Three of the best alpine mountaineers in the world reached the summit of Howse Peak April 16 before a size three avalanche swept them off the east face of the mountain. David Lama, Jess Roskelley and Hansjorg Auer all died.


The well-loved Eric Harvie Theatre at the Banff Centre, where audiences have watched remarkable performances for 52 years, is to be rejuvenated and renamed. Once renovated, the theatre will be renamed after Calgary-born philanthropist Jenny Belzberg.

Coun. Peter Poole avoided serious repercussions for his breach of Alberta’s privacy legislation. Poole apologized for using a resident’s email he obtained through his position as an elected official, resulting in council making the rules and expectations even clearer for councillors when receiving confidential information.

The high cost of living continued to be Banff’s biggest challenge. According to the 2018 community social assessment, lower wages and higher housing costs were the reasons affordability was considered the tourist town’s number one social challenge.


By 2027, the Bow Valley will need about 1,100 additional units of non-market housing, including continuing care, affordable rental, permanent supportive housing and affordable home ownership, according to a new housing needs assessment released by Bow Valley Regional Housing.

An adult male grizzly bear died after being hit by a semi-trailer on Highway 93 South– the first human-caused grizzly bear death Banff National Park in five years. Also this month, a female grizzly bear cub was injured after getting hit on the highway near the Sunshine access road. The injured bear was later found and put down for humane reasons.

Banff Food Rescue found a new home to help redistribute food in the community. Starting out in resident Alanna Pettigrew’s kitchen, the food rescue moved to the basement of Sundance Mall.

The Town of Banff said it will form a working group to get feedback on the potential of tightening regulations for bed and breakfast homes and inns. Focus will be on the B&B quota, enforcement options, property taxes and fees among others. Recommendations are expected for council's consideration in 2020.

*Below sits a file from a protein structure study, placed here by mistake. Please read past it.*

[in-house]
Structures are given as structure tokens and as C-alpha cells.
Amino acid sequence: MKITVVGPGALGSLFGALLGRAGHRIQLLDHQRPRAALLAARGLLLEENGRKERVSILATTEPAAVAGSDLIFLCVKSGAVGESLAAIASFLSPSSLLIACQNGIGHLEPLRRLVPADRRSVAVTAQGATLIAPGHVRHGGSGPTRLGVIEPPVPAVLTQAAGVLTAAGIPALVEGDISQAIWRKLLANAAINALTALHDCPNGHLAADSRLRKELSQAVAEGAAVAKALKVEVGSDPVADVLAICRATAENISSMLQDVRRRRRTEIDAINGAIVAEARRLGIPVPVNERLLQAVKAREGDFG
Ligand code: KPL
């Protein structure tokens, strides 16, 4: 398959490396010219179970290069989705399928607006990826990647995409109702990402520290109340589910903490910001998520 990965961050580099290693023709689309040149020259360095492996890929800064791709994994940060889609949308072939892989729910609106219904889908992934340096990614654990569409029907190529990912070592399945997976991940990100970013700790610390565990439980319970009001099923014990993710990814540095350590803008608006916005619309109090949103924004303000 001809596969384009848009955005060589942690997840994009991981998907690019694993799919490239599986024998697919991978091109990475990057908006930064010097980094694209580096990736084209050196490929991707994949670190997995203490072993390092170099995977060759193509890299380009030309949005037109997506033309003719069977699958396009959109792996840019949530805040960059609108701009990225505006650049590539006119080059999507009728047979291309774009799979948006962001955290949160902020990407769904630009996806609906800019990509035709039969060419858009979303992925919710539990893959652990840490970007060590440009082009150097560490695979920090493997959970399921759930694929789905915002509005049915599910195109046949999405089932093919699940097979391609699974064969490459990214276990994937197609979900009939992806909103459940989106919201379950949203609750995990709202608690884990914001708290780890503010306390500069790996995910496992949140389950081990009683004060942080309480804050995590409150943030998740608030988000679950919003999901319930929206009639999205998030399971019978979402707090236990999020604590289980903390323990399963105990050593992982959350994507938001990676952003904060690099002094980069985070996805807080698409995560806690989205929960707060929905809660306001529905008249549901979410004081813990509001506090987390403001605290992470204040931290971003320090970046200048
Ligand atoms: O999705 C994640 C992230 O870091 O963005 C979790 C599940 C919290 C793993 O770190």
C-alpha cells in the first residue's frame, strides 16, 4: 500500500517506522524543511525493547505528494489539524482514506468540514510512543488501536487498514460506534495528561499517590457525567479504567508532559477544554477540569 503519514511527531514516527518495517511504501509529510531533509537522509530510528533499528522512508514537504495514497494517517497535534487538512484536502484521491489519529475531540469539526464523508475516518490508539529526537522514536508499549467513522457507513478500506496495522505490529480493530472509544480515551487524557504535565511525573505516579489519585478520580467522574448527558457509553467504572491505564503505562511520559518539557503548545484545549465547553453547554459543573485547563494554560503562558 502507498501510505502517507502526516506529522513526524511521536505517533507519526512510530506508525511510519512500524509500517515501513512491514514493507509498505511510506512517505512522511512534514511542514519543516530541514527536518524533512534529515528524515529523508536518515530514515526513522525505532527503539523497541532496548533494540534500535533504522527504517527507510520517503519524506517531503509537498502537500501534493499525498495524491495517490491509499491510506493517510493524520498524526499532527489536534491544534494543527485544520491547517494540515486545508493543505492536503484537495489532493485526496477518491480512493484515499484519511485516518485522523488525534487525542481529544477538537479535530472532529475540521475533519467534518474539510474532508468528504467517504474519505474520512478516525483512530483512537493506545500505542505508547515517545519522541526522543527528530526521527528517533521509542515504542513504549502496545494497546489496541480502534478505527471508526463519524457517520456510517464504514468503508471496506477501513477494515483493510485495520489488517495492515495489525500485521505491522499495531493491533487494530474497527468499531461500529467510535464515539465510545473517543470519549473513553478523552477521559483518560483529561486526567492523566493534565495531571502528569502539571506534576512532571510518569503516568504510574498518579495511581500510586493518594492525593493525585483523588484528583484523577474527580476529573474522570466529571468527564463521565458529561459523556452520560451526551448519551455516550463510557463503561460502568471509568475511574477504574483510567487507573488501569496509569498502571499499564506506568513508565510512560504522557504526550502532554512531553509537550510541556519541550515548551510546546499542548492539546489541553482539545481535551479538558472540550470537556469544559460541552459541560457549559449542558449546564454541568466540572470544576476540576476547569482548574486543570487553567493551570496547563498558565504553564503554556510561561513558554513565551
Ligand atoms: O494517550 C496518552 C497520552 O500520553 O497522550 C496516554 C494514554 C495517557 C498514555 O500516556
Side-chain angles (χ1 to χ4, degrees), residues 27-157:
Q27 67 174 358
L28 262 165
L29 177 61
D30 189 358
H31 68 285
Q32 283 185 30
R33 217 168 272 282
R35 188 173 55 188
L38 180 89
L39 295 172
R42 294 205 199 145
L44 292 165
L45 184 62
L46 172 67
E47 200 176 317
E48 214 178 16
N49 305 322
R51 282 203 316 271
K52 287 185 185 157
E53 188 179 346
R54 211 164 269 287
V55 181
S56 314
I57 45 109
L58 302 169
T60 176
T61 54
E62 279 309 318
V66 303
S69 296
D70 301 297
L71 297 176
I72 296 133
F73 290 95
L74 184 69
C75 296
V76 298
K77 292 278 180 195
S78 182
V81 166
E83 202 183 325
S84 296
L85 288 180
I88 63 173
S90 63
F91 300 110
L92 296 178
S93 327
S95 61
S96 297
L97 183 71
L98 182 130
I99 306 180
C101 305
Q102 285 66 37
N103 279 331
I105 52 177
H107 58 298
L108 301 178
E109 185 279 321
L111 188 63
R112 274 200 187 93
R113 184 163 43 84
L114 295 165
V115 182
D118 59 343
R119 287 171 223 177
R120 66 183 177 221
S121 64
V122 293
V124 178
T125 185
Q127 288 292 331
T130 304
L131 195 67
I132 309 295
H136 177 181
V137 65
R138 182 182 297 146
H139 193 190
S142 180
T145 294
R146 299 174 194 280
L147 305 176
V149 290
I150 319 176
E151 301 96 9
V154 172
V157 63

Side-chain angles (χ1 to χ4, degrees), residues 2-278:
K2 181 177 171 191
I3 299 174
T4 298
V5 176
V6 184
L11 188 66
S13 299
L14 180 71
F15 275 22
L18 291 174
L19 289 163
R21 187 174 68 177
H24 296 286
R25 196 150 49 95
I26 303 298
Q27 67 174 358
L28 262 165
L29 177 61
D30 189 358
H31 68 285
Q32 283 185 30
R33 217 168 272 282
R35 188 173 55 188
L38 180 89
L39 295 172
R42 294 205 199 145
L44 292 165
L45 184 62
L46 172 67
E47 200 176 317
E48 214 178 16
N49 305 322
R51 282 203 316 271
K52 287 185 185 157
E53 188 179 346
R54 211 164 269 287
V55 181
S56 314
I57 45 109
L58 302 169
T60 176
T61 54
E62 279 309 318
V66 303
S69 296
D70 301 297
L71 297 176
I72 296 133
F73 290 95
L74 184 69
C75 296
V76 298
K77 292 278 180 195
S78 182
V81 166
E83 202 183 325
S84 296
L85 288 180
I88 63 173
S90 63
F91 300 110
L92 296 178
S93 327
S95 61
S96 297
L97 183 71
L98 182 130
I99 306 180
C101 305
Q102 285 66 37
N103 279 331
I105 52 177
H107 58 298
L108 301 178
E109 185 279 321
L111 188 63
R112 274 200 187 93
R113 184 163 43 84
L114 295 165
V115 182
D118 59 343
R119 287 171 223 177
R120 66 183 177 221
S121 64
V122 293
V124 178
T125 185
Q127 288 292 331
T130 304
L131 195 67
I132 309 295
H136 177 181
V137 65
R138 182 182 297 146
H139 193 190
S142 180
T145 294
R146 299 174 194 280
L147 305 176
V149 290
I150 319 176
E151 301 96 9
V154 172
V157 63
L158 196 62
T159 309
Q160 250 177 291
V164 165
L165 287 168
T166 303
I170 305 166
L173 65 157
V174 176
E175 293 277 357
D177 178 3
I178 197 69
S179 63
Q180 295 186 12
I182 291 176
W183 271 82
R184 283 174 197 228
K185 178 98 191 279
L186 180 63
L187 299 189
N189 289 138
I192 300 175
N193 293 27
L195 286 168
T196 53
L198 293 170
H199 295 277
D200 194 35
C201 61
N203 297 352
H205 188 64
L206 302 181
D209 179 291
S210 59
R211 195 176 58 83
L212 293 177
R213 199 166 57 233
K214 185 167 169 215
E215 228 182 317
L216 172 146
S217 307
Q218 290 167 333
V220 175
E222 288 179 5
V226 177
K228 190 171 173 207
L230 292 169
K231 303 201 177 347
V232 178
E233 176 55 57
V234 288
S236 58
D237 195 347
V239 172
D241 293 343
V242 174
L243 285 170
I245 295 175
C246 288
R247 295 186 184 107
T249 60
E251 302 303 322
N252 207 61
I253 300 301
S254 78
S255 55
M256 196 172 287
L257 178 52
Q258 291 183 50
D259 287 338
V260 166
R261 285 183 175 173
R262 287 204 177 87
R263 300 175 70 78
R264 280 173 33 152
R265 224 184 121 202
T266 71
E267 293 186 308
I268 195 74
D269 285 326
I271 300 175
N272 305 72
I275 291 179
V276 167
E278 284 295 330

Banff law enforcement wardens announced a crackdown on people defying a closure at Johnston Canyon set up to protect endangered black swifts nesting along the cliffs. There were multiple charges and court cases throughout the year as a result.

Two historic cabins will be spared from the wrecking ball as part of a revised development plan to renovate and expand a historic bed and breakfast operation. The new plan for the Beaver Street Cabins will keep the two oldest cabins intact and allow a new apartment building and a B&B to be constructed.


Three people were struck by lightning or electric ground currents in Banff National Park during a severe thunderstorm on July 27. A 28-year-old Calgary woman scrambling on Mount Bourgeau ended up in hospital, while two men from Idaho ended up with severe burns after being struck by lightning on Mount Temple.

The search continued for a paddleboarder who drowned in Herbert Lake in Banff National Park over the Canada Day long weekend. The 26-year-old man form India fell off his board on June 30. Following an extensive search by air, shoreline, from boats and diving, his body was later recovered.


The return of a mamma grizzly bear and her cubs to an area where she punched holes in a tent trying to get food inside led to camping restrictions at Protection Mountain Campground. In early July, bear No. 142 was initially drawn to investigate a tent by the smell of food, including a bag of oats.

The union representing Parks Canada employees declared an impasse with Parks Canada Agency over contract negotiations, including demands for better pay. The Public Service Alliance of Canada called for pay parity for park wardens and their supervisors in relation to other federal law enforcement positions, as well as a better mental health plan.